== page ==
Ginger, Turmeric, and Carrots
By Dr Mercola
People who eat ginger, turmeric and carrots — especially all of them on one plate — come away not just with lowered risk of heart disease, cancer and diabetes, but also numerous, so-called “less serious” but often debilitating ailments such as pain and inflammation.
Tapping into Turmeric
Turmeric, aka Curcuma longa , is a tropical and subtropical rhizome, meaning the root contains the spice, although the leaves are also used in Chinese and East Indian Ayurvedic medicine.
It’s famous for its healing qualities, but there’s also the brilliant yellow hue, and the curry produced from turmeric that gives Indian and Chinese dishes such unmistakable piquancy. Turmeric has no seeds; the roots are used for propagation.
Curcumin is probably the most important active ingredient in this powerful spice, giving it its impressive medicinal clout.
In fact, this compound has been estimated to contain around 150 different therapeutic benefits, including boosting your immunity, protecting your heart and moderating the effects of autoimmune diseases. Here are a few more of the benefits you gain when you ingest turmeric.
- Alzheimer’s disease: Research indicates turmeric may reverse cognitive decline and dementia. One study on three Alzheimer’s patients who took turmeric powder capsules for 12 weeks showed remarkable improvement.
Researchers said, “Both the patients’ symptoms and the burden on their caregivers were significantly decreased.”
- Heart health: Three studies at a Japanese university determined that daily curcumin supplements could improve the risk factors for cardiovascular health to the same degree as moderate aerobic exercise.
“Our results indicated that curcumin ingestion and aerobic exercise training can increase flow-mediated dilation in postmenopausal women, suggesting that both can potentially improve the age-related decline in endothelial function.”
- Joint pain: Helping to relieve stiffness caused by arthritis is one of the main benefits of this spice.
- AIDS: Studies demonstrate the remarkable potential turmeric has for AIDS patients, as turmeric is both an antioxidant and antimicrobial.
Research suggests it may help heal skin wounds, inhibit infection-promoting enzymes and proteins, reduce infected cells, and block multiplication of infected T-cells, without the side effects of conventional drugs.
- Epilepsy: Scientists found curcumin to have a neuroprotective affect on epilepsy and related disorders.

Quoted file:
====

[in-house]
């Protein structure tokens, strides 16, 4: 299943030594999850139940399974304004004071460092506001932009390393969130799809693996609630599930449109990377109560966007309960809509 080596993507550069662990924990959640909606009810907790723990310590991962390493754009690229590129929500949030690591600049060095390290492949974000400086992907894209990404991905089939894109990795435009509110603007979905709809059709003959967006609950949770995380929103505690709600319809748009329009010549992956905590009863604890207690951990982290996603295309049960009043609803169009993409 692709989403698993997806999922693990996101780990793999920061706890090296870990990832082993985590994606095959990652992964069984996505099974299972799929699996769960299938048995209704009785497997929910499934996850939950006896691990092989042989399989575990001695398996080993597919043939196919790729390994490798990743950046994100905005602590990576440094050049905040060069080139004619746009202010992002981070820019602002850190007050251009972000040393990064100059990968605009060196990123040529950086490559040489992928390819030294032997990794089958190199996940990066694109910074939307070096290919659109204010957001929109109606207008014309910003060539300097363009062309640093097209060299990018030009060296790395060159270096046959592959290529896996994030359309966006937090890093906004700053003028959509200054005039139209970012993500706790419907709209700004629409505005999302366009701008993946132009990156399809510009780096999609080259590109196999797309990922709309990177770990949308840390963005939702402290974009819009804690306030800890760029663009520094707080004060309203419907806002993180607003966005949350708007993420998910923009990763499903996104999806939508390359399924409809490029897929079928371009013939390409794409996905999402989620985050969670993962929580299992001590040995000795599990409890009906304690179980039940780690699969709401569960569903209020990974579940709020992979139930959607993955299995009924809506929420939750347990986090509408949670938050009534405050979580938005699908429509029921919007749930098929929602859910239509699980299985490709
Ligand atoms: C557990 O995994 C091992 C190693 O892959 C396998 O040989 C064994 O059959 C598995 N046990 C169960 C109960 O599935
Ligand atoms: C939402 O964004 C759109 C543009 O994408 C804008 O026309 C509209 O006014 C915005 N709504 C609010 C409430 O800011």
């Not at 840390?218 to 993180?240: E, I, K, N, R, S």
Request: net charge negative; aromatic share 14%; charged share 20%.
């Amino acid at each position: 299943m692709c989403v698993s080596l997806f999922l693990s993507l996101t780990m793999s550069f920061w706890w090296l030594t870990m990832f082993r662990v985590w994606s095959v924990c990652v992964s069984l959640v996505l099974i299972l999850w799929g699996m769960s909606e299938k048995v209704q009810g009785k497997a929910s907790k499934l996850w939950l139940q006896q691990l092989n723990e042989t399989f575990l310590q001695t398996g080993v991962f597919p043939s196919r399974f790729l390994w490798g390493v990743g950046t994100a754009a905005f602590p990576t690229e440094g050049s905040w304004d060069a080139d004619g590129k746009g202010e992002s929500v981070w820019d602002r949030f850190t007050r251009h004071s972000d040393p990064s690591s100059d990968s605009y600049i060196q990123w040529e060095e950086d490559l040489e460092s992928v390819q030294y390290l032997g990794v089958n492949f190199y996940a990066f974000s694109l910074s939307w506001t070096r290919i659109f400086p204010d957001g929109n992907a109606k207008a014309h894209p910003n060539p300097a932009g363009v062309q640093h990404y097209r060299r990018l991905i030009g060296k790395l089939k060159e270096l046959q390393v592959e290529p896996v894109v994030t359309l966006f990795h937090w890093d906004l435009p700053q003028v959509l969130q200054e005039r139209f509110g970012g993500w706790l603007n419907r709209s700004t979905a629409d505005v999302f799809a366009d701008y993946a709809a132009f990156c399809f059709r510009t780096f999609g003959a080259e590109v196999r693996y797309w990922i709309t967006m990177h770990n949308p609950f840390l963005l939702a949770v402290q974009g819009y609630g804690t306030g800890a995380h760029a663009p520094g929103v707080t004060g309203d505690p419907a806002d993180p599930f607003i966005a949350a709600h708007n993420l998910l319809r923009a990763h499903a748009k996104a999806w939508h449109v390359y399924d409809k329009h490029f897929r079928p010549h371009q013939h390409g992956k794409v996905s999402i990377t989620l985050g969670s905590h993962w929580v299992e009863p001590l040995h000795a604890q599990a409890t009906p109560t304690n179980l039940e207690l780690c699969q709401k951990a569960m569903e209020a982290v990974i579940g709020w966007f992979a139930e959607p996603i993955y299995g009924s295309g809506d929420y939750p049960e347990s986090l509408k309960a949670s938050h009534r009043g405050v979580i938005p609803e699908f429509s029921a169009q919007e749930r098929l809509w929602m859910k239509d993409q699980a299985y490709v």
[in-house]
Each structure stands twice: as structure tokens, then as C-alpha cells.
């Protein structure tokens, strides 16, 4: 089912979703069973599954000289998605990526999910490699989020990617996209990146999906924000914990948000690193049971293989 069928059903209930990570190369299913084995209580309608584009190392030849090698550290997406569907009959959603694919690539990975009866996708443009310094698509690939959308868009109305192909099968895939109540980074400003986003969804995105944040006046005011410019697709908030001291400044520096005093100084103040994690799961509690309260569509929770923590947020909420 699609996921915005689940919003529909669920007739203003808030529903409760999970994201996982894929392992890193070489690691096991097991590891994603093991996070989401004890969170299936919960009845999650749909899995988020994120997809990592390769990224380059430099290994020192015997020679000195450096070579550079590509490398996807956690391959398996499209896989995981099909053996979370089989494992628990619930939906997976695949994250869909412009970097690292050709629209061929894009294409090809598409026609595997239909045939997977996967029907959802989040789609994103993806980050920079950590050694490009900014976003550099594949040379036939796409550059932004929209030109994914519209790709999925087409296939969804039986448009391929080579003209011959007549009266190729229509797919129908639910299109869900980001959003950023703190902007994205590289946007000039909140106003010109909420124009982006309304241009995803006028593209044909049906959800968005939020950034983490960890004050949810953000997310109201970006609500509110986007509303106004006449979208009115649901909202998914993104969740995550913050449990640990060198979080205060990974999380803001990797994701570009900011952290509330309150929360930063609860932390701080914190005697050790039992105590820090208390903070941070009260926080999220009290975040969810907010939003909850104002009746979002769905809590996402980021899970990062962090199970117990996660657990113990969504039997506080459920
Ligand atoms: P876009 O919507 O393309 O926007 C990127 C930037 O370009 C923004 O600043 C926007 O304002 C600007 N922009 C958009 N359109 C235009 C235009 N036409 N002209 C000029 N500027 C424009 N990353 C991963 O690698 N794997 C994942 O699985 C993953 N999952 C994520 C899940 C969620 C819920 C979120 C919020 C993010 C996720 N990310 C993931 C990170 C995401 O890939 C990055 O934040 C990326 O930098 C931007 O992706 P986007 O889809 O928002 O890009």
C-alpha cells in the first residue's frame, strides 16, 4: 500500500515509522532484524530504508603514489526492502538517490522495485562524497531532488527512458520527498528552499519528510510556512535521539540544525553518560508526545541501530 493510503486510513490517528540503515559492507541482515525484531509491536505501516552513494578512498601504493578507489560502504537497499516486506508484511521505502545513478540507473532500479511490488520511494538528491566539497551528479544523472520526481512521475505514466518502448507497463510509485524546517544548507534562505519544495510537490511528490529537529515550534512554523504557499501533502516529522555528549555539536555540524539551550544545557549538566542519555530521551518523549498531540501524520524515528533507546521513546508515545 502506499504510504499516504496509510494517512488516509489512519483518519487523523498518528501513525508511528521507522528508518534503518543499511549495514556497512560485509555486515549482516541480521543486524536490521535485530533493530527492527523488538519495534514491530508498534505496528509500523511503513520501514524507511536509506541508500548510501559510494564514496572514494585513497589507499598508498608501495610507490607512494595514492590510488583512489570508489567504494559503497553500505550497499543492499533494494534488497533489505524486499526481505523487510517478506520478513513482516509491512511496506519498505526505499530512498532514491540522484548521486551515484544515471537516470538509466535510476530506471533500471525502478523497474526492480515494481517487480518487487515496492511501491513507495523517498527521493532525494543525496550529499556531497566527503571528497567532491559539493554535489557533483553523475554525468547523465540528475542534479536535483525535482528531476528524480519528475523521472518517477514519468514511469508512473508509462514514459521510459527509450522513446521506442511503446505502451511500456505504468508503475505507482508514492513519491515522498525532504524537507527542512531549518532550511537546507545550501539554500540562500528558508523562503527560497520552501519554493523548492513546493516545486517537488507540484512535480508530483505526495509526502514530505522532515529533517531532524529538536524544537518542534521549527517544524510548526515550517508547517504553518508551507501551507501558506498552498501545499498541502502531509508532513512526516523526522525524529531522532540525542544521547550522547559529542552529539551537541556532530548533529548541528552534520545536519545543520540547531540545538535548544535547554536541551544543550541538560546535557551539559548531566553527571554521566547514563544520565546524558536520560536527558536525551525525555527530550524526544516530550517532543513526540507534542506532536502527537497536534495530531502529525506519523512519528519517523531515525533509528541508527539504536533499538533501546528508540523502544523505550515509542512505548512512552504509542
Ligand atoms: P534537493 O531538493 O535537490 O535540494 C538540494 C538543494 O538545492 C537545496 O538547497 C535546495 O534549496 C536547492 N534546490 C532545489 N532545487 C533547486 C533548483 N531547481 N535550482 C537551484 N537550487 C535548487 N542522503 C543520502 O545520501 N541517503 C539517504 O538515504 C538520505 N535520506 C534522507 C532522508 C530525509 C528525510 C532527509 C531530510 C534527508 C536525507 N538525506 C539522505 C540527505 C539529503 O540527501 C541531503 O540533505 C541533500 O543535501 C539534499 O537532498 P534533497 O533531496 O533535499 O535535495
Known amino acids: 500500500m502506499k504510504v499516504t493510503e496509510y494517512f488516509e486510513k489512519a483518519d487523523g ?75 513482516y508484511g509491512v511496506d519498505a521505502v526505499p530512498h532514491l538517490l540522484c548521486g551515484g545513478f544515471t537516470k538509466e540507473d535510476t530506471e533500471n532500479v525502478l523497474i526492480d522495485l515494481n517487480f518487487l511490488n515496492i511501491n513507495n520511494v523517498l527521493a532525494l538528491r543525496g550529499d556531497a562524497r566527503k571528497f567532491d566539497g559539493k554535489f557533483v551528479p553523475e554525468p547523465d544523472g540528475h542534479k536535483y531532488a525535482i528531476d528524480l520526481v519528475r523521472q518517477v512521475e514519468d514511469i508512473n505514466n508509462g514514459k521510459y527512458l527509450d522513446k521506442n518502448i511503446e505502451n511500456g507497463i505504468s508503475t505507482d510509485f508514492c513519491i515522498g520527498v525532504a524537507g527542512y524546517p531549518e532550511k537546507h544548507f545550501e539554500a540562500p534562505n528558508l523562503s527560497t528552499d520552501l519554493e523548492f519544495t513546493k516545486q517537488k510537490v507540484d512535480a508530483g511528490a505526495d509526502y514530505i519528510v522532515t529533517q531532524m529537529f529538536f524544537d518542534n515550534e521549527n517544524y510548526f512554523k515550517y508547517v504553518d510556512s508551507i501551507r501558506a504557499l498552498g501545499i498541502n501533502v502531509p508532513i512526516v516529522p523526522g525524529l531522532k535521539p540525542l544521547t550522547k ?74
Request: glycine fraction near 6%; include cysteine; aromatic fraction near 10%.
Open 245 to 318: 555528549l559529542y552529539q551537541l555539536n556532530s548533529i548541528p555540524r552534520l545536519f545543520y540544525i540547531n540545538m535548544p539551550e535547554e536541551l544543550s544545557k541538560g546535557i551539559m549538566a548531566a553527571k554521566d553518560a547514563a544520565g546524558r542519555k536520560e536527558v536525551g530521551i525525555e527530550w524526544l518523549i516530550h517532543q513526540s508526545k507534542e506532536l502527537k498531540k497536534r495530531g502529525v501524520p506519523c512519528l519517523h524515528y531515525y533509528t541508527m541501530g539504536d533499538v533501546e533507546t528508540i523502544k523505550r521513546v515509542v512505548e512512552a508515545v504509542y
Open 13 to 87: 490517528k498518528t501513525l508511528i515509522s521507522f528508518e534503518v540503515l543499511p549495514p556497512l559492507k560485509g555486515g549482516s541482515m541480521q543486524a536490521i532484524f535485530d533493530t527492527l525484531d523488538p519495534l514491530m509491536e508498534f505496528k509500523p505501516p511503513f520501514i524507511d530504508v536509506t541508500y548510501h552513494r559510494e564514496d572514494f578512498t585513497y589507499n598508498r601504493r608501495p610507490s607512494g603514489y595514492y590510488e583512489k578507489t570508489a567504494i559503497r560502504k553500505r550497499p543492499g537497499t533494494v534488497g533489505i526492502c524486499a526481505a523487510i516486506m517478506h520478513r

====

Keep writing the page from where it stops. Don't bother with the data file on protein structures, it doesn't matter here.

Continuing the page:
One of turmeric’s disadvantages is that curcumin is not quickly bioavailable, meaning that once ingested your body is unable to quickly absorb it to access the benefits. Interestingly, studies show accessibility is increased when you add, say for a cup of tea, a teaspoon of a fat such as coconut oil or flaxseed oil.
Generous Dividends Generated by Ginger
Ginger (Zingiber officinale ) is essentially the part of the stem that grows underground — hence the name ginger root. It originated in Asia and spread to Europe via Roman traders, making a name for itself as both a medicine and flavor enhancer.
Ginger is potently aromatic with a warm, “zingy” essence, which has made it one of the world’s most sought-after spices. Just a few thin slivers make an incredibly healing tea. Ginger is often ground to a powder for easy sprinkling and can be added to nearly every type of food — soups to cookies to stir fries.
The most powerful compound in ginger, aptly, is gingerol, the oil that also imparts the fragrance. One article notes that studies show:
“…Ginger extract may be an even more effective anti-cancer agent than chemotherapy drugs, killing cancerous cells while leaving healthy ones untouched. Its anti-inflammatory properties might also help prevent the progression of precancerous cells to cancer.”
Here are a few more advantages:
- Inflammation: Even pain from different types of arthritis is lessened by ingesting ginger, by drinking ginger tea or adding a generous sprinkle on foods.
Participants in numerous studies reported reduced muscle soreness, improved agility and movement, and reduction in swelling, such as knee pain, when using ginger regularly.